- URL Builder: The URL builder feature allows you to mark website links that you send other people. This feature allows you track how many people have clicked on links in your email signature, donation emails and more. Using the URL builder is an indirect way of measuring donor interest.
- Align your content with your website: Once you’ve set up Analytics and learnt how to tag your links, you can mark content from your social media channels, blog or newsletter when it is redirected to your website. Google Analytics will measure this as well.
Remember: Tag all your content with utm links so that you can track what kind of content is most likely to get people back to your site.
NGOs are always pressed for time and find content creation and distribution daunting tasks. How do you manage to put out entertaining and informative content month after month? Information dissemination need not be a black hole which sucks up all your time. A well-planned editorial calendar helps! We share some tips:
- Define your goals: What is the objective of the communication? Getting donors to connect with your NGO is an ambiguous plan. Do you want donors to donate after reading one of your articles or posts – lead them there! Pre-empt a donor’s needs by using your content to communicate impact visually, numerically or in words. This is a great way to provide donors with a sense of satisfaction about their contribution to the NGO. A newsletter or a Facebook page are effective ways to keep media contacts updated about your work.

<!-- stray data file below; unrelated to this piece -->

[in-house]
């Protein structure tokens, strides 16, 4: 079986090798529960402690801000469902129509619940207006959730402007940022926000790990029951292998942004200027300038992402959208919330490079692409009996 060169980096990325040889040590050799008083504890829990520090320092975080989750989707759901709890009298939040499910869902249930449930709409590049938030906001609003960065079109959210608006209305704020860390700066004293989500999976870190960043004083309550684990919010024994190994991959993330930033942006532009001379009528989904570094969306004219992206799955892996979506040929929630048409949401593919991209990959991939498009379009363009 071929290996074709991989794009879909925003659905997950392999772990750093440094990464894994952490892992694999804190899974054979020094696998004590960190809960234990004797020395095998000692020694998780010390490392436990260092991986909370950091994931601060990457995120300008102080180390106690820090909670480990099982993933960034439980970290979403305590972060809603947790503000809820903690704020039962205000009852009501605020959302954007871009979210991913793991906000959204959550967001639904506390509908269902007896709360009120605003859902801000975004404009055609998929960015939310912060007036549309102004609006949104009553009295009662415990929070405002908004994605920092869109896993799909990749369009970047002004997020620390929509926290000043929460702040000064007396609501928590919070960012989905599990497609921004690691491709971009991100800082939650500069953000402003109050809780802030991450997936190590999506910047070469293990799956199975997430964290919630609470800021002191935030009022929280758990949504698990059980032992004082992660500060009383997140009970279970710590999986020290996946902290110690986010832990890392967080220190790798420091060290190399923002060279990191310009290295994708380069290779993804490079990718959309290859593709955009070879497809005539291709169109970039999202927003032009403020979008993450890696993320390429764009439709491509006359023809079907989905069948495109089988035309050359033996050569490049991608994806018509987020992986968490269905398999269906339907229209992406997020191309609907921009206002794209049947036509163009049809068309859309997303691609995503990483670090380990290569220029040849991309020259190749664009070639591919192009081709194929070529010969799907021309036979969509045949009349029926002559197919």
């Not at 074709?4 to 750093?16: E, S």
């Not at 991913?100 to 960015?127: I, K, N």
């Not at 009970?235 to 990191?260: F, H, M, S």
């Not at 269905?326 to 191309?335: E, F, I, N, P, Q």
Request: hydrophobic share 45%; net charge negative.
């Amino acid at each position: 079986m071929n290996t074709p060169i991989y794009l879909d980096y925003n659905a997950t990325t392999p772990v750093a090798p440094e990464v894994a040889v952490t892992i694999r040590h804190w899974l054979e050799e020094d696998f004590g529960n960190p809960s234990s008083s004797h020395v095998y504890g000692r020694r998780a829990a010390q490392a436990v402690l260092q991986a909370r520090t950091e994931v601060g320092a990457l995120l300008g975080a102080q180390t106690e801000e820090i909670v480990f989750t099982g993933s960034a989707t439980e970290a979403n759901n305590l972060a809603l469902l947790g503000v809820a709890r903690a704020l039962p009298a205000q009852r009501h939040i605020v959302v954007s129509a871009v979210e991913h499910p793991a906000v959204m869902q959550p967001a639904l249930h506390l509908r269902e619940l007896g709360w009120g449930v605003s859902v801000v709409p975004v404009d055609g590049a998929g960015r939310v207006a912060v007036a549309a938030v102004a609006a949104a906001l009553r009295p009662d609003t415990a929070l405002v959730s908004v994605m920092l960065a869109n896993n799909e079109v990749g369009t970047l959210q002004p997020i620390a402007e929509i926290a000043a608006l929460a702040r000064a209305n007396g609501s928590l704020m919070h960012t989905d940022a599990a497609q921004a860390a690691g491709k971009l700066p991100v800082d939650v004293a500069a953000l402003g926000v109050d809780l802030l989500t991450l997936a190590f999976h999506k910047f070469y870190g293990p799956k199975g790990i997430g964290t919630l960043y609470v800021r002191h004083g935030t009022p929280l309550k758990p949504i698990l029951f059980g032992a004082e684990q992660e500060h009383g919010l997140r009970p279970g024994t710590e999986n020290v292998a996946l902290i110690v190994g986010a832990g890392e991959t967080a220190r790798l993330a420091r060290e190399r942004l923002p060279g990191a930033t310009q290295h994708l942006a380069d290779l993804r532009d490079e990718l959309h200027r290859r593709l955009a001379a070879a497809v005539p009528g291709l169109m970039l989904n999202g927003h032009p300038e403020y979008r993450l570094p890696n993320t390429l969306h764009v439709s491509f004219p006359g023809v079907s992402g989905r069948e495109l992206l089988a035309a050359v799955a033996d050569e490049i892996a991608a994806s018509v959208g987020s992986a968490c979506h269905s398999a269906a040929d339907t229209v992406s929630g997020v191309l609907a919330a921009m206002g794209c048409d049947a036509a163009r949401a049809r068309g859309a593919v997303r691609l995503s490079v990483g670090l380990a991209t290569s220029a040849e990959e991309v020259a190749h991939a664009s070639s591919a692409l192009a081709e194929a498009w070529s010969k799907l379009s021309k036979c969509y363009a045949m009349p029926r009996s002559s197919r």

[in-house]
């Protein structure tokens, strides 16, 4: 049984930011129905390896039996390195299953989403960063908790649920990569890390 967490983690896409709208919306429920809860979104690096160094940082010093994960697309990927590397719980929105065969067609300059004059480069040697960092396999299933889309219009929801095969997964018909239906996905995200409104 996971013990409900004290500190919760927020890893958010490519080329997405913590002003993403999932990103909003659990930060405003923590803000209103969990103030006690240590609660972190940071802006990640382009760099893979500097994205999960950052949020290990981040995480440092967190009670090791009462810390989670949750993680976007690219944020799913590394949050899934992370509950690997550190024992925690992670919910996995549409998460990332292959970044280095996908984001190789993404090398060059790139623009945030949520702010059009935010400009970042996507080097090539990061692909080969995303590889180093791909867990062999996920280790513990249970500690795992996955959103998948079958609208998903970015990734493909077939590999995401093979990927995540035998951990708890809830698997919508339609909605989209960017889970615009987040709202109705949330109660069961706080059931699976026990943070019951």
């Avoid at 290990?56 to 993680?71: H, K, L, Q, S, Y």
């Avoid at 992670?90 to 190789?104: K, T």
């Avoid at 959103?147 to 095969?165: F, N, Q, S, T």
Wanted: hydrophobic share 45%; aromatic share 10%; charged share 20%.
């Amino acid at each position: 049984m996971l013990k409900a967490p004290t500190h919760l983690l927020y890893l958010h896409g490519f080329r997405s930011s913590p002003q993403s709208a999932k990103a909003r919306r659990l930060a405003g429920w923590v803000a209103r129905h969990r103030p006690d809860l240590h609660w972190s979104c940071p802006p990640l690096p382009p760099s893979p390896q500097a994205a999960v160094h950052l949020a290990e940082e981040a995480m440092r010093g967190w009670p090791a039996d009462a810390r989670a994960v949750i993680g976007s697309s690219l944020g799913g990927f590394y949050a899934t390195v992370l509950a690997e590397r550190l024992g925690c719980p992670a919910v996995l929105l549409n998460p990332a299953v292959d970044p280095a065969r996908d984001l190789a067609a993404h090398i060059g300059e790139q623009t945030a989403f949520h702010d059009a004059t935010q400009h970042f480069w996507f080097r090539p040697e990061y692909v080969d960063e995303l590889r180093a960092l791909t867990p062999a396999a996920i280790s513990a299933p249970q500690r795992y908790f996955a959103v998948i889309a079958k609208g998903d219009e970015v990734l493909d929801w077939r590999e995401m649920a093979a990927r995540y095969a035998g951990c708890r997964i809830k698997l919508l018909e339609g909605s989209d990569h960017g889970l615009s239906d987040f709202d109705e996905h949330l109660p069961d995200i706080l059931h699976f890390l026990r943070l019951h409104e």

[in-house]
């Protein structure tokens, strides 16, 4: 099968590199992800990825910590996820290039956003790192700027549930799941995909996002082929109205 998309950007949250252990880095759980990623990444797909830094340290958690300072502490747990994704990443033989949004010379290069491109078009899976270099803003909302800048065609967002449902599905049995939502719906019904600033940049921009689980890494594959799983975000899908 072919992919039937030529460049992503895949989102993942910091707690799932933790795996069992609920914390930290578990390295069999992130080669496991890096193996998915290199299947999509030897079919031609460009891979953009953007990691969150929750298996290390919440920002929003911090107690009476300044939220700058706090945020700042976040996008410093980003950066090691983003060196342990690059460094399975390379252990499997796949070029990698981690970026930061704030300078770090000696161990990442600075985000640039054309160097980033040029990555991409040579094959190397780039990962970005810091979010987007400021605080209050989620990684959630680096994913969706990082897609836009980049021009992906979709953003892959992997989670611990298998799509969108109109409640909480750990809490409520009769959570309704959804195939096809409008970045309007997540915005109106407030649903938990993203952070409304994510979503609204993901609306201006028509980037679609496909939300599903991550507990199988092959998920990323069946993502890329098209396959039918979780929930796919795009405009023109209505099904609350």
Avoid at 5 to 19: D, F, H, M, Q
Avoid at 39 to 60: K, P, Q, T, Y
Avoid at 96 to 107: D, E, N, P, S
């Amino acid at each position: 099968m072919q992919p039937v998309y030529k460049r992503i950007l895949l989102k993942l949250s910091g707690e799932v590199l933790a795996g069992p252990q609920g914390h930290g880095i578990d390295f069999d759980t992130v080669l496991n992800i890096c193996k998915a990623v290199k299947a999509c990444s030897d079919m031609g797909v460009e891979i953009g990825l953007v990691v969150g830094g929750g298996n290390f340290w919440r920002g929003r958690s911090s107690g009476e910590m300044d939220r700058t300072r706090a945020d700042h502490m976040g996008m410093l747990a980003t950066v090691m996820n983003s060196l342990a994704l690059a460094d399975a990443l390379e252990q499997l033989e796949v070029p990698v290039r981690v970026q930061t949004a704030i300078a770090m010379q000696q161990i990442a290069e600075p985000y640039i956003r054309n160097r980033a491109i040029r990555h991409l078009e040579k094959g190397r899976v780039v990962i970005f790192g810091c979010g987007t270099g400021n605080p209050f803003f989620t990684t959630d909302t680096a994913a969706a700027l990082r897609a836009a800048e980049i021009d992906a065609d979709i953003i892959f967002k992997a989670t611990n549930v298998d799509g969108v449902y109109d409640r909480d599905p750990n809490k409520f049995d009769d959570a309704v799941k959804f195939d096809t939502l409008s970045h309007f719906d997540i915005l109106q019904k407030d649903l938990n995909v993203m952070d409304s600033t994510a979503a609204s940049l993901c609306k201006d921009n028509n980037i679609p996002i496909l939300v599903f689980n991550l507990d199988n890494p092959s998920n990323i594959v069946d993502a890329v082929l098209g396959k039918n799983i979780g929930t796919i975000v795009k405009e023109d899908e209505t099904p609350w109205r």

Remember: Match your content creation goals with your fundraising or donor communication ones. It creates a sense of continuity.
- Define your channels: The number of social media and outreach channels available can be overwhelming. Don’t let it get you down! We’ve found that our own website is the most useful channel followed by an in-house newsletter and Facebook posts. Choose channels that are familiar to your donors and regularly measure readership/click metrics.
- Schedule your annual calendar: This can be in the form of a rough sketch. Choose a time of the year that is a slack period for you, rather than being bound by the calendar year. Brainstorm about a plan for the next 12 months. Don’t despair at the thought of generating vast amounts of content. A newsletter could be monthly or bi-monthly. You can schedule a newsletter summarizing the contents of your annual report, killing two birds with one stone.
Remember: It’s better to put out quality content on one or two channels than to put out generic content on many.
- Plan your content: If you’re an NGO running a school, you can schedule a lot of content around the beginning of the school year. Encourage students to share their work or manage parts of the newsletter. Facebook pages like Humans of New York that tell the stories of ordinary people are extraordinarily successful on social media. Plan a series on your beneficiaries, human or otherwise! Remember to create content that goes out during the festive seasons, New Year’s, tax-planning season.
Remember: All content does not have to be proprietary. Do share others’ relevant content (with due credit of course!). Positive, upbeat messaging works well, do thank donors for their support.
Having a preplanned calendar will help you slot time needed to spend on content dissemination each month. Clearly defined goals help in creating content that is relevant and interesting to readers. Keep your readers coming back for more!